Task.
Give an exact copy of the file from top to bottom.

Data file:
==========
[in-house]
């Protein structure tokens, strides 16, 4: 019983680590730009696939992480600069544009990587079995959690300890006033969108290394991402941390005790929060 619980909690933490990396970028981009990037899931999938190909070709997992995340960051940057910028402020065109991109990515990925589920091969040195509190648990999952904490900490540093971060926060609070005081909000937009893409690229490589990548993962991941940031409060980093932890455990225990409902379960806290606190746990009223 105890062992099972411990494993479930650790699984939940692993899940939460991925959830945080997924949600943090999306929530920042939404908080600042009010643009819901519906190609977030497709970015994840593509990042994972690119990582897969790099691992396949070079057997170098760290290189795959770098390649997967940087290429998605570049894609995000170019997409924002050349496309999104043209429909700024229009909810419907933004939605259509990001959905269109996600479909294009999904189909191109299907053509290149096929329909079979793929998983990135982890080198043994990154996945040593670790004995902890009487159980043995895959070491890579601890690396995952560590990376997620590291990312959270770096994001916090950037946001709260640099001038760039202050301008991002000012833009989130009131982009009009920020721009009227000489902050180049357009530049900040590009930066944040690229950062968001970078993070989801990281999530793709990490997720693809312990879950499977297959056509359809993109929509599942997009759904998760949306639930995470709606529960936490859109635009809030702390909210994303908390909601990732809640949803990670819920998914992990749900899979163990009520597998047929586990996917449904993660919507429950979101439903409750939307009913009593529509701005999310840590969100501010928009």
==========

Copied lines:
[in-house]
């Protein structure tokens, strides 16, 4: 019983680590730009696939992480600069544009990587079995959690300890006033969108290394991402941390005790929060 619980909690933490990396970028981009990037899931999938190909070709997992995340960051940057910028402020065109991109990515990925589920091969040195509190648990999952904490900490540093971060926060609070005081909000937009893409690229490589990548993962991941940031409060980093932890455990225990409902379960806290606190746990009223 105890062992099972411990494993479930650790699984939940692993899940939460991925959830945080997924949600943090999306929530920042939404908080600042009010643009819901519906190609977030497709970015994840593509990042994972690119990582897969790099691992396949070079057997170098760290290189795959770098390649997967940087290429998605570049894609995000170019997409924002050349496309999104043209429909700024229009909810419907933004939605259509990001959905269109996600479909294009999904189909191109299907053509290149096929329909079979793929998983990135982890080198043994990154996945040593670790004995902890009487159980043995895959070491890579601890690396995952560590990376997620590291990312959270770096994001916090950037946001709260640099001038760039202050301008991002000012833009989130009131982009009009920020721009009227000489902050180049357009530049900040590009930066944040690229950062968001970078993070989801990281999530793709990490997720693809312990879950499977297959056509359809993109929509599942997009759904998760949306639930995470709606529960936490859109635009809030702390909210994303908390909601990732809640949803990670819920998914992990749900899979163990009520597998047929586990996917449904993660919507429950979101439903409750939307009913009593529509701005999310840590969100501010928009």